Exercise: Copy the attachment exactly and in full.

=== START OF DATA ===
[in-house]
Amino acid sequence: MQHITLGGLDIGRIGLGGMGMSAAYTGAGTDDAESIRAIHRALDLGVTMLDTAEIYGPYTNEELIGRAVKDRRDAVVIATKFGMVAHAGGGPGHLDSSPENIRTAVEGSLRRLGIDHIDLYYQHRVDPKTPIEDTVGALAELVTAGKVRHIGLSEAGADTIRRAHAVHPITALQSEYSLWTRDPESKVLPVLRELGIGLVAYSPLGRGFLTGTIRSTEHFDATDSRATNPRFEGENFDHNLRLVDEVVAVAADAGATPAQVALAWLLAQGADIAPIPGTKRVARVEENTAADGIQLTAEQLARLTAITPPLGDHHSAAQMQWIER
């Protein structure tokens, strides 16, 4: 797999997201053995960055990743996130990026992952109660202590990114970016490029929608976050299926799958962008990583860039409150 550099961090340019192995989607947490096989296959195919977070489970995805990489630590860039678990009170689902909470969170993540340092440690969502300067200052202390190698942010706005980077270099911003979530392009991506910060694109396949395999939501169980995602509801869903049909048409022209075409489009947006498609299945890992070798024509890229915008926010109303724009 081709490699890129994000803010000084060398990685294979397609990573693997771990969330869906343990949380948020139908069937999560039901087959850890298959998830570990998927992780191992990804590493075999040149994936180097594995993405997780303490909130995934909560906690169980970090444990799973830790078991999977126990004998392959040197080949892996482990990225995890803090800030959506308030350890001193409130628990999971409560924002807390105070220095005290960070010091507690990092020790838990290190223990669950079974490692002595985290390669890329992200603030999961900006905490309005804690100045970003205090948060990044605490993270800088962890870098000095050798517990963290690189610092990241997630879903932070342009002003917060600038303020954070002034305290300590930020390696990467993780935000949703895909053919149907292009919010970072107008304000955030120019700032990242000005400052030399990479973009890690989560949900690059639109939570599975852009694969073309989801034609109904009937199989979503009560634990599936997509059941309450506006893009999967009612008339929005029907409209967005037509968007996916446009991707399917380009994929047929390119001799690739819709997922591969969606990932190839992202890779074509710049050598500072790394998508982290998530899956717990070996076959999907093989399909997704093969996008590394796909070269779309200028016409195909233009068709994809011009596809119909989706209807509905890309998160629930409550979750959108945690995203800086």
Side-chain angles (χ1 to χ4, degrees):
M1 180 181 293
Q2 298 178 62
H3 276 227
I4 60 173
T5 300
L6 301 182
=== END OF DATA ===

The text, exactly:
[in-house]
Amino acid sequence: MQHITLGGLDIGRIGLGGMGMSAAYTGAGTDDAESIRAIHRALDLGVTMLDTAEIYGPYTNEELIGRAVKDRRDAVVIATKFGMVAHAGGGPGHLDSSPENIRTAVEGSLRRLGIDHIDLYYQHRVDPKTPIEDTVGALAELVTAGKVRHIGLSEAGADTIRRAHAVHPITALQSEYSLWTRDPESKVLPVLRELGIGLVAYSPLGRGFLTGTIRSTEHFDATDSRATNPRFEGENFDHNLRLVDEVVAVAADAGATPAQVALAWLLAQGADIAPIPGTKRVARVEENTAADGIQLTAEQLARLTAITPPLGDHHSAAQMQWIER
């Protein structure tokens, strides 16, 4: 797999997201053995960055990743996130990026992952109660202590990114970016490029929608976050299926799958962008990583860039409150 550099961090340019192995989607947490096989296959195919977070489970995805990489630590860039678990009170689902909470969170993540340092440690969502300067200052202390190698942010706005980077270099911003979530392009991506910060694109396949395999939501169980995602509801869903049909048409022209075409489009947006498609299945890992070798024509890229915008926010109303724009 081709490699890129994000803010000084060398990685294979397609990573693997771990969330869906343990949380948020139908069937999560039901087959850890298959998830570990998927992780191992990804590493075999040149994936180097594995993405997780303490909130995934909560906690169980970090444990799973830790078991999977126990004998392959040197080949892996482990990225995890803090800030959506308030350890001193409130628990999971409560924002807390105070220095005290960070010091507690990092020790838990290190223990669950079974490692002595985290390669890329992200603030999961900006905490309005804690100045970003205090948060990044605490993270800088962890870098000095050798517990963290690189610092990241997630879903932070342009002003917060600038303020954070002034305290300590930020390696990467993780935000949703895909053919149907292009919010970072107008304000955030120019700032990242000005400052030399990479973009890690989560949900690059639109939570599975852009694969073309989801034609109904009937199989979503009560634990599936997509059941309450506006893009999967009612008339929005029907409209967005037509968007996916446009991707399917380009994929047929390119001799690739819709997922591969969606990932190839992202890779074509710049050598500072790394998508982290998530899956717990070996076959999907093989399909997704093969996008590394796909070269779309200028016409195909233009068709994809011009596809119909989706209807509905890309998160629930409550979750959108945690995203800086």
Side-chain angles (χ1 to χ4, degrees):
M1 180 181 293
Q2 298 178 62
H3 276 227
I4 60 173
T5 300
L6 301 182